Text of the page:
The building of the Castel Nuovo began in 1279 under the reign of Charles I of Anjou, on the basis of a plan by the French architect Pierre de Chaule. The strategic position of the new castle gave it the characteristics not only of a royal residence, but also those of a fortress. From the very beginning it was called Castrum Novum to distinguish it from the older castles dell'Ovo and Capuano.
During the reign of Robert of Anjou the castle became a centre of culture giving hospitality to artists, doctors and men of letters among whom were Giotto, Petrarch and Boccaccio. The Anjevins were succeeded by the Aragonese Alfonso I who, like his predecessors, used the Castel Nuovo as the royal residence, beginning work of reconstruction and having built, on the outside walls, between the Torre di Mezzo (Halfway Tower) and the Torre di Guardia (Watch Tower) the impressive Triumphal Arch to celebrate his victorious entry into the city of Naples.
The time of the Aragonese saw the passage from the medieval castle-palace to the fortress as it now appears; it was adapted to the new needs of a time of war and the area surrounding the Castle lost the residential character it had under the Anjevins. The structure of the Aragonese building is undoubtedly more massive than its Anjevin predecessor and was quite similar to the present-day castle, which is the result of the clearance works of the early years of the 20th century.
At the end of the 15th century, the French succeeded to the Aragonese, though they did not remain for long as they were succeeded in turn by the Spanish viceroys and the Austrians. During the viceroy period (1503-1734), the defence structures of the castle, needed for purely military purposes, underwent further modification. With the advent of Charles III of Bourbon, who defeated the emperor Charles VI in 1734, the castle was surrounded by buildings of all kinds, warehouses and houses, and this happened time and time again.
In the first two decades of the 20th century, the Municipal Council began the work of isolating the castle from the annexed buildings in recognition of the historical and monumental importance of the fortress and the need to reclaim the piazza in front of it. The castle is today the venue of cultural events and also houses the Municipal Museum.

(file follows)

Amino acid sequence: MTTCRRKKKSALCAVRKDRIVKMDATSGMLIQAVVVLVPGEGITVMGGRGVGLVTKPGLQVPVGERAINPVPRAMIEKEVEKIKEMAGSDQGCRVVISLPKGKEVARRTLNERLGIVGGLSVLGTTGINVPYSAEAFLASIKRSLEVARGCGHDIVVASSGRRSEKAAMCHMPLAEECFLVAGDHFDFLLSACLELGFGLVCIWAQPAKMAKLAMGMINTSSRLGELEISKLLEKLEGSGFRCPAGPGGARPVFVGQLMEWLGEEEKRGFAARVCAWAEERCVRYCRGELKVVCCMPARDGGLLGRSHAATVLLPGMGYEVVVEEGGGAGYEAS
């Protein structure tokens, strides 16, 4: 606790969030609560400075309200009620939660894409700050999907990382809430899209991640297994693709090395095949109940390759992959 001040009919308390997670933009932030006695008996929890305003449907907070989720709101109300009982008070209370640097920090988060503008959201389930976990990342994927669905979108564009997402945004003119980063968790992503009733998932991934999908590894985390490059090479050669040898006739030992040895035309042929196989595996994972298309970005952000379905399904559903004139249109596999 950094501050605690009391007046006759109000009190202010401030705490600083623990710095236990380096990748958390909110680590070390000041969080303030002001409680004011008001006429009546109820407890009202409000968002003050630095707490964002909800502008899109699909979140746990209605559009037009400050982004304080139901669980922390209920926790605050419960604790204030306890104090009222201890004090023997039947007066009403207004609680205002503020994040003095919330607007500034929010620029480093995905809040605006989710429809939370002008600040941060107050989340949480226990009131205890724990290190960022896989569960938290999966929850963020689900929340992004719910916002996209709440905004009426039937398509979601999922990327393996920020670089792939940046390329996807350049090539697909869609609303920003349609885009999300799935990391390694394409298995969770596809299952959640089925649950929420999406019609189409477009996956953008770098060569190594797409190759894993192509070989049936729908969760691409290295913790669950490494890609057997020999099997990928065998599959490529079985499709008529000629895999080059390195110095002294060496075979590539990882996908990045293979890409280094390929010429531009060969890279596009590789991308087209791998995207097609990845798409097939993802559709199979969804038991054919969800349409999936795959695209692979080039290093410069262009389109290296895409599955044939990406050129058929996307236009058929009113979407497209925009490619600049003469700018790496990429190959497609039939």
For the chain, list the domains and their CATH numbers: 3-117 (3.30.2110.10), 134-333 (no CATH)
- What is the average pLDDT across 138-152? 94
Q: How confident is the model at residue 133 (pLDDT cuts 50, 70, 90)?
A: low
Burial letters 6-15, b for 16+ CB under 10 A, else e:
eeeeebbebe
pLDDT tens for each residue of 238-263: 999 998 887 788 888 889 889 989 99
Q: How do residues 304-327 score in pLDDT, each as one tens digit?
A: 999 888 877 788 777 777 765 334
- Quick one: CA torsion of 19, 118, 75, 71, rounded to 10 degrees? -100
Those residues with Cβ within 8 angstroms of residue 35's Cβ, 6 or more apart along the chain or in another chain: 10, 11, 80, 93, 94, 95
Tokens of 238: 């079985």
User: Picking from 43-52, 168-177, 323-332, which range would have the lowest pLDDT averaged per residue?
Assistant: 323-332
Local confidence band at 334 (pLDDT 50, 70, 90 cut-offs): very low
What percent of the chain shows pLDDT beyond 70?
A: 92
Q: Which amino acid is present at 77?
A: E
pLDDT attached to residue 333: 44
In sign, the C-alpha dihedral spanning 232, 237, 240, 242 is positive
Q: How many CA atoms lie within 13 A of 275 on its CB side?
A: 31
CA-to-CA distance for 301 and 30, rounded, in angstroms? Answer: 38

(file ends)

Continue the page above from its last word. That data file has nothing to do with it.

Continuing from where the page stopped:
A tour of the museum takes us from the Armoury Hall, the Palatine or Saint Barbara Chapel, the first and second levels of the southern courtyard and the Charles V Hall and the Sala della Loggia which are to host exhibitions and cultural events.References:
Hluboká Castle (Schloss Frauenberg) is considered one of the most beautiful castles in the Czech Republic. In the second half of the 13th century, a Gothic castle was built at the site. During its history, the castle was rebuilt several times. It was first expanded during the Renaissance period, then rebuilt into a Baroque castle at the order of Adam Franz von Schwarzenberg in the beginning of the 18th century. It reached its current appearance during the 19th century, when Johann Adolf II von Schwarzenberg ordered the reconstruction of the castle in the romantic style of England's Windsor Castle.
The Schwarzenbergs lived in Hluboká until the end of 1939, when the last owner (Adolph Schwarzenberg) emigrated overseas to escape from the Nazis. The Schwarzenbergs lost all of their Czech property through a special legislative Act, the Lex Schwarzenberg, in 1947.
The original royal castle of Přemysl Otakar II from the second half of the 13th century was rebuilt at the end of the 16th century by the Lords of Hradec. It received its present appearance under Count Jan Adam of Schwarzenberg. According to the English Windsor example, architects Franz Beer and F. Deworetzky built a Romantic Neo-Gothic chateau, surrounded by a 1.9 square kilometres English park here in the years 1841 to 1871. In 1940, the castle was seized from the last owner, Adolph Schwarzenberg by the Gestapo and confiscated by the government of Czechoslovakia after the end of World War II. The castle is open to public. There is a winter garden and riding-hall where the Southern Bohemian gallery exhibitions have been housed since 1956.